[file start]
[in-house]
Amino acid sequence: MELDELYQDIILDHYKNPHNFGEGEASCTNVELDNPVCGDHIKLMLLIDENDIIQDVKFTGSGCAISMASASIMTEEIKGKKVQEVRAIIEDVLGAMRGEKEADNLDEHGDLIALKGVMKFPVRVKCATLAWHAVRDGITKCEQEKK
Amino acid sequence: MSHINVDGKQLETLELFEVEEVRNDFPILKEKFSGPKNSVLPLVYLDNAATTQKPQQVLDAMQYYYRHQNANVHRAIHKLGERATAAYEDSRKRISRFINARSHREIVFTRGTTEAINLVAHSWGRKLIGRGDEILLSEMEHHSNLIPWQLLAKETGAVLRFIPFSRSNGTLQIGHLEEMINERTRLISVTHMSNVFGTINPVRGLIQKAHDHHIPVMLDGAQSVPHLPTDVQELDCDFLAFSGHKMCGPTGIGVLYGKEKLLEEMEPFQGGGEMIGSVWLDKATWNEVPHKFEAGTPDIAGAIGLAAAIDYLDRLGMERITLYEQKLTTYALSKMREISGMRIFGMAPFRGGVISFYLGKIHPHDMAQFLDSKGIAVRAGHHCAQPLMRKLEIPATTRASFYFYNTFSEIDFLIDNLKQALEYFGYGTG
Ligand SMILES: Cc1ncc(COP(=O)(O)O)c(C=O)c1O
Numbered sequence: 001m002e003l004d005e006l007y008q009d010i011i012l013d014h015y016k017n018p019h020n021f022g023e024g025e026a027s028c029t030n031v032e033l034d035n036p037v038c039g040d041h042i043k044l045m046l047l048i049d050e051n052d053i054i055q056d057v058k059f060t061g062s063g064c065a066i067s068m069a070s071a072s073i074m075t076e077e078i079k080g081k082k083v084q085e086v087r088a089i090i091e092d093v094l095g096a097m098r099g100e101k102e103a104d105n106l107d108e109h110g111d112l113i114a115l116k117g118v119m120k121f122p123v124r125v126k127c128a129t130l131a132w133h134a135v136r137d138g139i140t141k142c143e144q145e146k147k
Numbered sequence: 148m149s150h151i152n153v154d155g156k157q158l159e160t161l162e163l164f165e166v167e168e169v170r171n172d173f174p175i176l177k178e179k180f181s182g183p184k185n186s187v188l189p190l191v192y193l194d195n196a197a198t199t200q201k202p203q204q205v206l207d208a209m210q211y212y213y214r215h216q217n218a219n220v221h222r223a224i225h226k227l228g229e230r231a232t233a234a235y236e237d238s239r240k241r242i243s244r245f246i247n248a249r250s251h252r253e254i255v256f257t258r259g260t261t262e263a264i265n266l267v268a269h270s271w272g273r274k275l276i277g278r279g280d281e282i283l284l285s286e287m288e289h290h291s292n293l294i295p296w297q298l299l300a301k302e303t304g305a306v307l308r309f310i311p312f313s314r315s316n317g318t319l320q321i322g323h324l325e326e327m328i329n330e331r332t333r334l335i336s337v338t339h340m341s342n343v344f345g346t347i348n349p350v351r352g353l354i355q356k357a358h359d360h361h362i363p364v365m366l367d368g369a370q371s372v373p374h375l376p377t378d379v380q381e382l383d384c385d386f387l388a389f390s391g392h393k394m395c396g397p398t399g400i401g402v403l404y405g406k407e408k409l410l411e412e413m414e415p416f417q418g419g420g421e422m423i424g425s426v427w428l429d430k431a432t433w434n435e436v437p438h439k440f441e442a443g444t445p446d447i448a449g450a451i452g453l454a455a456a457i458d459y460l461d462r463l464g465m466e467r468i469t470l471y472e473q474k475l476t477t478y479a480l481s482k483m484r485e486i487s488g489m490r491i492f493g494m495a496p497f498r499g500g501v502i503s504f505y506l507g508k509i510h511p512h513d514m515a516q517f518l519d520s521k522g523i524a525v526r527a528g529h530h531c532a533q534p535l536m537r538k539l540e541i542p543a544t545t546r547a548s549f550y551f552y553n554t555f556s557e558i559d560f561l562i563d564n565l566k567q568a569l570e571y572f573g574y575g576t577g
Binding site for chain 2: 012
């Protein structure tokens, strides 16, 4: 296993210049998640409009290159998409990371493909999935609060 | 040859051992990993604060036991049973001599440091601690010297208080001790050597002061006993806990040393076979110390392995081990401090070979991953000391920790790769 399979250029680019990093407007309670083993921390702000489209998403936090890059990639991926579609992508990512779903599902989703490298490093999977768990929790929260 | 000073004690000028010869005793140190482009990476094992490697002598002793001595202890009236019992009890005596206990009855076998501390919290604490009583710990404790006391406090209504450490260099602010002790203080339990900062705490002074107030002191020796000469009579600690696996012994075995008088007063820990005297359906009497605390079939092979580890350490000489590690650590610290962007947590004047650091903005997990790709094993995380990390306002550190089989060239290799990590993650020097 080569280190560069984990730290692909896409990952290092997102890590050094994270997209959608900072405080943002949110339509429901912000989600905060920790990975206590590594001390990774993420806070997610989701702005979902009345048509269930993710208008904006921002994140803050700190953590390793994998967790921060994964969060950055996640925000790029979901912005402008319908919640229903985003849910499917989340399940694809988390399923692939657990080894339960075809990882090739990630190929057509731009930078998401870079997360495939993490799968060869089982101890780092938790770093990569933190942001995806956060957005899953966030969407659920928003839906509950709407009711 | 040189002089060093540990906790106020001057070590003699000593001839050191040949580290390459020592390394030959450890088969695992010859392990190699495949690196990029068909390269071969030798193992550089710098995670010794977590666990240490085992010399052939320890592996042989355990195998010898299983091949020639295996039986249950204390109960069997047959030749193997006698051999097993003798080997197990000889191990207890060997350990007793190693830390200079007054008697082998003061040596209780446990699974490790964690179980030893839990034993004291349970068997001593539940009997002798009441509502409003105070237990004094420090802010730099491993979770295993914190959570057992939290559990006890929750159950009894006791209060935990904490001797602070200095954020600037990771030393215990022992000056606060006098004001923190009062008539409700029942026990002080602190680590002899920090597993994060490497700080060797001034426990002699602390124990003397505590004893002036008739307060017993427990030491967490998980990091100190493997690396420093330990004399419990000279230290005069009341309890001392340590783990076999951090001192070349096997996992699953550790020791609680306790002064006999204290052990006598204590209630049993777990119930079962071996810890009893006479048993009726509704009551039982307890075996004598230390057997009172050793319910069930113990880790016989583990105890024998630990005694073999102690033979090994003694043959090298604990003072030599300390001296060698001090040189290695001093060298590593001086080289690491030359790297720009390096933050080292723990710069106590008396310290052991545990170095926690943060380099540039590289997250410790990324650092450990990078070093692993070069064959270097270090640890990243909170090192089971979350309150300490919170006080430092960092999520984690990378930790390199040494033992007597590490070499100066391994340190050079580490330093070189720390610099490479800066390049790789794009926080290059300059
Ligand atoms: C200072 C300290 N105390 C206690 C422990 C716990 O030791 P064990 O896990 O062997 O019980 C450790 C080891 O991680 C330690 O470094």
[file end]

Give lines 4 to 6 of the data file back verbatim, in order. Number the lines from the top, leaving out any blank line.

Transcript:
Ligand SMILES: Cc1ncc(COP(=O)(O)O)c(C=O)c1O
Numbered sequence: 001m002e003l004d005e006l007y008q009d010i011i012l013d014h015y016k017n018p019h020n021f022g023e024g025e026a027s028c029t030n031v032e033l034d035n036p037v038c039g040d041h042i043k044l045m046l047l048i049d050e051n052d053i054i055q056d057v058k059f060t061g062s063g064c065a066i067s068m069a070s071a072s073i074m075t076e077e078i079k080g081k082k083v084q085e086v087r088a089i090i091e092d093v094l095g096a097m098r099g100e101k102e103a104d105n106l107d108e109h110g111d112l113i114a115l116k117g118v119m120k121f122p123v124r125v126k127c128a129t130l131a132w133h134a135v136r137d138g139i140t141k142c143e144q145e146k147k
Numbered sequence: 148m149s150h151i152n153v154d155g156k157q158l159e160t161l162e163l164f165e166v167e168e169v170r171n172d173f174p175i176l177k178e179k180f181s182g183p184k185n186s187v188l189p190l191v192y193l194d195n196a197a198t199t200q201k202p203q204q205v206l207d208a209m210q211y212y213y214r215h216q217n218a219n220v221h222r223a224i225h226k227l228g229e230r231a232t233a234a235y236e237d238s239r240k241r242i243s244r245f246i247n248a249r250s251h252r253e254i255v256f257t258r259g260t261t262e263a264i265n266l267v268a269h270s271w272g273r274k275l276i277g278r279g280d281e282i283l284l285s286e287m288e289h290h291s292n293l294i295p296w297q298l299l300a301k302e303t304g305a306v307l308r309f310i311p312f313s314r315s316n317g318t319l320q321i322g323h324l325e326e327m328i329n330e331r332t333r334l335i336s337v338t339h340m341s342n343v344f345g346t347i348n349p350v351r352g353l354i355q356k357a358h359d360h361h362i363p364v365m366l367d368g369a370q371s372v373p374h375l376p377t378d379v380q381e382l383d384c385d386f387l388a389f390s391g392h393k394m395c396g397p398t399g400i401g402v403l404y405g406k407e408k409l410l411e412e413m414e415p416f417q418g419g420g421e422m423i424g425s426v427w428l429d430k431a432t433w434n435e436v437p438h439k440f441e442a443g444t445p446d447i448a449g450a451i452g453l454a455a456a457i458d459y460l461d462r463l464g465m466e467r468i469t470l471y472e473q474k475l476t477t478y479a480l481s482k483m484r485e486i487s488g489m490r491i492f493g494m495a496p497f498r499g500g501v502i503s504f505y506l507g508k509i510h511p512h513d514m515a516q517f518l519d520s521k522g523i524a525v526r527a528g529h530h531c532a533q534p535l536m537r538k539l540e541i542p543a544t545t546r547a548s549f550y551f552y553n554t555f556s557e558i559d560f561l562i563d564n565l566k567q568a569l570e571y572f573g574y575g576t577g